By MARSHA MERCER
The joyous moment Alice Marie Johnson embraced her family, hours after President Donald Trump commuted her life sentence, was heartwarming.
But the latest presidential pardon also sent a disturbing message.
If you want a Get Out of Jail Free card from this president, it’s best to be a celebrity or find one to plead for your release. Trump has turned clemency into more of a game of fame than a test of fairness.
Americans believe in second chances, but they shouldn’t be granted because of who you know or how famous you are.
Had Kim Kardashian West not seen a video on the Internet about Johnson’s plight and had the reality TV star not gone to the White House to lobby for Johnson’s release,
Johnson would still be behind bars. No matter that she’s a 63-year-old great-grandmother or how persuasive her rehabilitation in prison.
The Constitution gives the president broad pardon power, and all presidents use it. President Barack Obama commuted the sentences of nearly 2,000 federal offenders. But clemency does not make the system more just.
It helps a select few while leaving tens of thousands also with compelling stories to languish in prison.
Trump reportedly is “obsessed” with pardons. He has pardoned such famous offenders as former Maricopa County Sheriff Joe Arpaio, known for his anti-immigrant policies in Arizona; conservative commentator Dinesh D’Souza, and black boxing legend Jack Johnson.
He has mentioned a possible pardon for his long-time friend Martha Stewart, who served five months in federal prison for securities fraud.
He suggested former Illinois Gov. Rod Blagojevich went to prison for “being stupid and saying things that every other politician, you know, that many other politicians say.” That’s absurd.
Blagojevich was caught trying to sell then-President-elect Barack Obama’s U.S. Senate seat and was convicted of numerous political corruption charges. He is half way through a 14-year prison sentence.
But perhaps most important in this context: Blagojevich was a contestant on Trump’s “Celebrity Apprentice” TV show.
Trump has hinted he could pardon friends, family members and colleagues. He declared he “absolutely” has the power to pardon himself, though he also says he has done nothing wrong.
In the case of Alice Johnson, clemency was long overdue. She had been an exemplary inmate for the nearly 22 years she served in federal prison, after being convicted of cocaine trafficking conspiracy and money laundering.
Even though she was a first-time, nonviolent offender, she received the devastating sentence of life plus 25 years. In prison, though, she mentored others and became a playwright and a minister.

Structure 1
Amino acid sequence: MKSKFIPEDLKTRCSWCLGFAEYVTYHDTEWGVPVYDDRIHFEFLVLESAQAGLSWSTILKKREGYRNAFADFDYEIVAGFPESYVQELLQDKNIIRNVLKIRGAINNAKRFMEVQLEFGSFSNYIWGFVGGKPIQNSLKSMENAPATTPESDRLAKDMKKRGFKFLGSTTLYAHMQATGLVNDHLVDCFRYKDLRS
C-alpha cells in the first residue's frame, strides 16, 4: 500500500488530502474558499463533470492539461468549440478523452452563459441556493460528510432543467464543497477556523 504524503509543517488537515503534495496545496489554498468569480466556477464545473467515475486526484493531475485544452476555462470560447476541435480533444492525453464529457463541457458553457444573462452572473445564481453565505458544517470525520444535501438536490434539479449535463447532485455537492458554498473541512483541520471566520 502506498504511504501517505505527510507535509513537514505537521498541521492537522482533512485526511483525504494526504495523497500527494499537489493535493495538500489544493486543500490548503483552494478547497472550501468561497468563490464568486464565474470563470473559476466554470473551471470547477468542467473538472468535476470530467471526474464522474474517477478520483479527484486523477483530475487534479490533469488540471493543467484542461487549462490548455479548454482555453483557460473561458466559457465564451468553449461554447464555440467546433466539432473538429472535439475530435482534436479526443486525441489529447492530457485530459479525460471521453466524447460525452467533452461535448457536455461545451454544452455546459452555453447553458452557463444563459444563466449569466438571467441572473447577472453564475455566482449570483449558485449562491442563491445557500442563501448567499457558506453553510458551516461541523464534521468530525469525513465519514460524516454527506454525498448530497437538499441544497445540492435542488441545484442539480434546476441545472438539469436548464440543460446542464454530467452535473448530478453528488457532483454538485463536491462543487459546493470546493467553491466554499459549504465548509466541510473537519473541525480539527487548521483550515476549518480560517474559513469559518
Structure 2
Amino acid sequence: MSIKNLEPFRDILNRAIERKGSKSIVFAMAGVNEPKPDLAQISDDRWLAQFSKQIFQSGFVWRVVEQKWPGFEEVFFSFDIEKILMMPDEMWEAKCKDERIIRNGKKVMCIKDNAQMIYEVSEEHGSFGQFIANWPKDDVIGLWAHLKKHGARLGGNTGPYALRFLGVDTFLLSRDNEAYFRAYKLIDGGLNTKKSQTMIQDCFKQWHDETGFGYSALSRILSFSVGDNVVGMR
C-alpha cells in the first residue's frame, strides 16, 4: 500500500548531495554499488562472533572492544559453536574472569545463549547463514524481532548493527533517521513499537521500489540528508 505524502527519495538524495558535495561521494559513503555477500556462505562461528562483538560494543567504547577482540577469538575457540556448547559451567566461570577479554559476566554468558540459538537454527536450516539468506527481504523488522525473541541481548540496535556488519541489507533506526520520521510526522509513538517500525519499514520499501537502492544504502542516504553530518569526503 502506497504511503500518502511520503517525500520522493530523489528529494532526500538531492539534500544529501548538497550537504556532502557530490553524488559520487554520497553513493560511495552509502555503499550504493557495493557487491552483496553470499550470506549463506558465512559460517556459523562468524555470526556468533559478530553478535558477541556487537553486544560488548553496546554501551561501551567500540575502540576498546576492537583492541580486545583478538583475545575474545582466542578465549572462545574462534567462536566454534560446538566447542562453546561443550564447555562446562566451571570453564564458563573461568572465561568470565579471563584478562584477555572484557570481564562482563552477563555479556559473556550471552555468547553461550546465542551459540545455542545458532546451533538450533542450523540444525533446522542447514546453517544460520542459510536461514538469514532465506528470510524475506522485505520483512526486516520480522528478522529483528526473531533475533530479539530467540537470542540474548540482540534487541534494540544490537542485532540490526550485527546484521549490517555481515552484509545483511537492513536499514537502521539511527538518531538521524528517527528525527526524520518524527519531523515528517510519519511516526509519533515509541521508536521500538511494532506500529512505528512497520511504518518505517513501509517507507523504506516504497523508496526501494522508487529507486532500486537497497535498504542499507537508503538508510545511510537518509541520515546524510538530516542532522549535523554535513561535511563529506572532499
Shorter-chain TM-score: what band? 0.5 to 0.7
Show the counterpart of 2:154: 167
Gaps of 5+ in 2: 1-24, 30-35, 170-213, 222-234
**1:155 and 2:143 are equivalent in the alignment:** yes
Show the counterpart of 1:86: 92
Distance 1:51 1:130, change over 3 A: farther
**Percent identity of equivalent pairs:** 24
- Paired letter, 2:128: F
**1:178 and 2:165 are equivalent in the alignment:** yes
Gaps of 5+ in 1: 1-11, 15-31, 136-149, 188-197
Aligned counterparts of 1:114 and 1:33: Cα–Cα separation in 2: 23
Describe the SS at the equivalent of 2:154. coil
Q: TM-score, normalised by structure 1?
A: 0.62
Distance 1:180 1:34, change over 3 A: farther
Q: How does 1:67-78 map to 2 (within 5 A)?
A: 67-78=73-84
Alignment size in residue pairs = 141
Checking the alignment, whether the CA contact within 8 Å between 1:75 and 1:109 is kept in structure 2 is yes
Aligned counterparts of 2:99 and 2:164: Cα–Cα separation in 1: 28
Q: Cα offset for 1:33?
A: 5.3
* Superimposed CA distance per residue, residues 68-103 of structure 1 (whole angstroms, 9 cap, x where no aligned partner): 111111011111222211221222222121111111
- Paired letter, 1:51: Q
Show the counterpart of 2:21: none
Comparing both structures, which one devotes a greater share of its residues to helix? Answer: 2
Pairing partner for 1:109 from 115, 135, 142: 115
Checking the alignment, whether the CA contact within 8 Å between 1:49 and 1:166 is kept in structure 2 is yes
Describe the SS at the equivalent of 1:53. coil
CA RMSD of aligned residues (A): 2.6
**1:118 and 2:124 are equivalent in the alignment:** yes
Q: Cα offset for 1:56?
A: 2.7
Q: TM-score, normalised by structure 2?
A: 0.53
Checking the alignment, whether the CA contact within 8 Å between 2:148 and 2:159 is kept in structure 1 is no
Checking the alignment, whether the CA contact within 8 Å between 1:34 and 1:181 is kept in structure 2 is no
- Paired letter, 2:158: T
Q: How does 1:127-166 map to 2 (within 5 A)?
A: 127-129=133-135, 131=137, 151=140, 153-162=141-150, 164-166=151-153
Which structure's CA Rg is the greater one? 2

But lost in the feel-good story of her release was how she landed in prison in the first place.
How does the mother of five children go from a decade-long job at FedEx in Memphis – seven years as a manager -- to relaying code messages like “Everything is straight” as a go-between in a multimillion-dollar drug conspiracy?
Two words: gambling addiction.
Johnson was divorced, trying to provide for her large family without financial help from her ex-husband, when her gambling problem caused her to lose her job and her life to spiral out of control, according to a profile of her in the American Civil Liberties Union’s 2013 study “A Living Death,” about prisoners serving life without parole.
She declared bankruptcy and lost her home to foreclosure. She eventually found a job at a Kellogg’s factory, but the pay wasn’t enough to cover her bills. Desperate for money, she fell in with drug dealers, she said, and made mistakes.
In court, 10 co-conspirators testified against her, portraying Johnson as the cocaine business ringleader, to get lighter sentences. Johnson denies she was the boss. But U.S. District Court Judge Julia Gibbons called her “the quintessential entrepreneur.”
Trump promises to crack down on drug traffickers who “kill thousands and destroy many more lives.” He insisted in March, “If we don’t get tough on the drug dealers, we’re wasting our time,” adding “toughness includes the death penalty.”
But that was before glamorous Kim Kardashian, visiting the Oval Office to tell the story of a great-grandmother locked away for life, posed with a grinning Trump at his runway-clear desk.
Apparently, anything is possible with a celebrity at your side.
©2018 Marsha Mercer. All rights reserved.
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